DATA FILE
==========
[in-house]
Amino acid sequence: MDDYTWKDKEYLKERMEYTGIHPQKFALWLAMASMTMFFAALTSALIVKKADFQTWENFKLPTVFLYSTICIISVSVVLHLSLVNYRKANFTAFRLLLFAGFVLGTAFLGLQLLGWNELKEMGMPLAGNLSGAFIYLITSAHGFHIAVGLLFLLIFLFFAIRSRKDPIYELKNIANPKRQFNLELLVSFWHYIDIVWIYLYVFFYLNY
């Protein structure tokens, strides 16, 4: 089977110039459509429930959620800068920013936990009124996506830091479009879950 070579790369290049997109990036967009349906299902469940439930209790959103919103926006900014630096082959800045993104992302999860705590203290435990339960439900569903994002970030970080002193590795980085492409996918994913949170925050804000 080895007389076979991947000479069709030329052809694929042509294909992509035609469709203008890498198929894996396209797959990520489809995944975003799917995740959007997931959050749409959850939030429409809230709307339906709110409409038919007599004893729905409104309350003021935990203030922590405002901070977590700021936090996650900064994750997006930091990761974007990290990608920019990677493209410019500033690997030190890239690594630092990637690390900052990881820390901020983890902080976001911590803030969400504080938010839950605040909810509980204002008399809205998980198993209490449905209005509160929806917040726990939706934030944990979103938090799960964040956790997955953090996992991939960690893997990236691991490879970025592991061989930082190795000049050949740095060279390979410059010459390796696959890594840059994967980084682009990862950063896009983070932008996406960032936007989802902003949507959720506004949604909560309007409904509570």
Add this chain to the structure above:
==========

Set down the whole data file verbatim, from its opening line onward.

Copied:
[in-house]
Amino acid sequence: MDDYTWKDKEYLKERMEYTGIHPQKFALWLAMASMTMFFAALTSALIVKKADFQTWENFKLPTVFLYSTICIISVSVVLHLSLVNYRKANFTAFRLLLFAGFVLGTAFLGLQLLGWNELKEMGMPLAGNLSGAFIYLITSAHGFHIAVGLLFLLIFLFFAIRSRKDPIYELKNIANPKRQFNLELLVSFWHYIDIVWIYLYVFFYLNY
């Protein structure tokens, strides 16, 4: 089977110039459509429930959620800068920013936990009124996506830091479009879950 070579790369290049997109990036967009349906299902469940439930209790959103919103926006900014630096082959800045993104992302999860705590203290435990339960439900569903994002970030970080002193590795980085492409996918994913949170925050804000 080895007389076979991947000479069709030329052809694929042509294909992509035609469709203008890498198929894996396209797959990520489809995944975003799917995740959007997931959050749409959850939030429409809230709307339906709110409409038919007599004893729905409104309350003021935990203030922590405002901070977590700021936090996650900064994750997006930091990761974007990290990608920019990677493209410019500033690997030190890239690594630092990637690390900052990881820390901020983890902080976001911590803030969400504080938010839950605040909810509980204002008399809205998980198993209490449905209005509160929806917040726990939706934030944990979103938090799960964040956790997955953090996992991939960690893997990236691991490879970025592991061989930082190795000049050949740095060279390979410059010459390796696959890594840059994967980084682009990862950063896009983070932008996406960032936007989802902003949507959720506004949604909560309007409904509570």
Add this chain to the structure above: